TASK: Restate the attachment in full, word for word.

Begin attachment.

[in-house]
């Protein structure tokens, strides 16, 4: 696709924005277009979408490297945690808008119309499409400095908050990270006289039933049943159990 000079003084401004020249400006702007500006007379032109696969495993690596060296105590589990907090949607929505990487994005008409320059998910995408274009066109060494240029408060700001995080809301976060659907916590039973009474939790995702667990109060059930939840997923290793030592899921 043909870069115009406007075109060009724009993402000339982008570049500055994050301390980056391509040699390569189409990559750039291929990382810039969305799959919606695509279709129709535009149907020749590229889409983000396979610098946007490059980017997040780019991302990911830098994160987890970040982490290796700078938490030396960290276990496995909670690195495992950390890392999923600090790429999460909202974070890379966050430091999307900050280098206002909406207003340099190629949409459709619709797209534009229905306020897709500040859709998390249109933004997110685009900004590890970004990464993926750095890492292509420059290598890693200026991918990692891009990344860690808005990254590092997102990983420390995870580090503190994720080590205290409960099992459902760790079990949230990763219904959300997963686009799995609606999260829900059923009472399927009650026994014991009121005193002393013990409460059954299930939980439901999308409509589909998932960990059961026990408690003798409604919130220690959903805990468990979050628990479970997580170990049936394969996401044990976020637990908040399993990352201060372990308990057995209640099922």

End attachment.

[in-house]
């Protein structure tokens, strides 16, 4: 696709924005277009979408490297945690808008119309499409400095908050990270006289039933049943159990 000079003084401004020249400006702007500006007379032109696969495993690596060296105590589990907090949607929505990487994005008409320059998910995408274009066109060494240029408060700001995080809301976060659907916590039973009474939790995702667990109060059930939840997923290793030592899921 043909870069115009406007075109060009724009993402000339982008570049500055994050301390980056391509040699390569189409990559750039291929990382810039969305799959919606695509279709129709535009149907020749590229889409983000396979610098946007490059980017997040780019991302990911830098994160987890970040982490290796700078938490030396960290276990496995909670690195495992950390890392999923600090790429999460909202974070890379966050430091999307900050280098206002909406207003340099190629949409459709619709797209534009229905306020897709500040859709998390249109933004997110685009900004590890970004990464993926750095890492292509420059290598890693200026991918990692891009990344860690808005990254590092997102990983420390995870580090503190994720080590205290409960099992459902760790079990949230990763219904959300997963686009799995609606999260829900059923009472399927009650026994014991009121005193002393013990409460059954299930939980439901999308409509589909998932960990059961026990408690003798409604919130220690959903805990468990979050628990479970997580170990049936394969996401044990976020637990908040399993990352201060372990308990057995209640099922």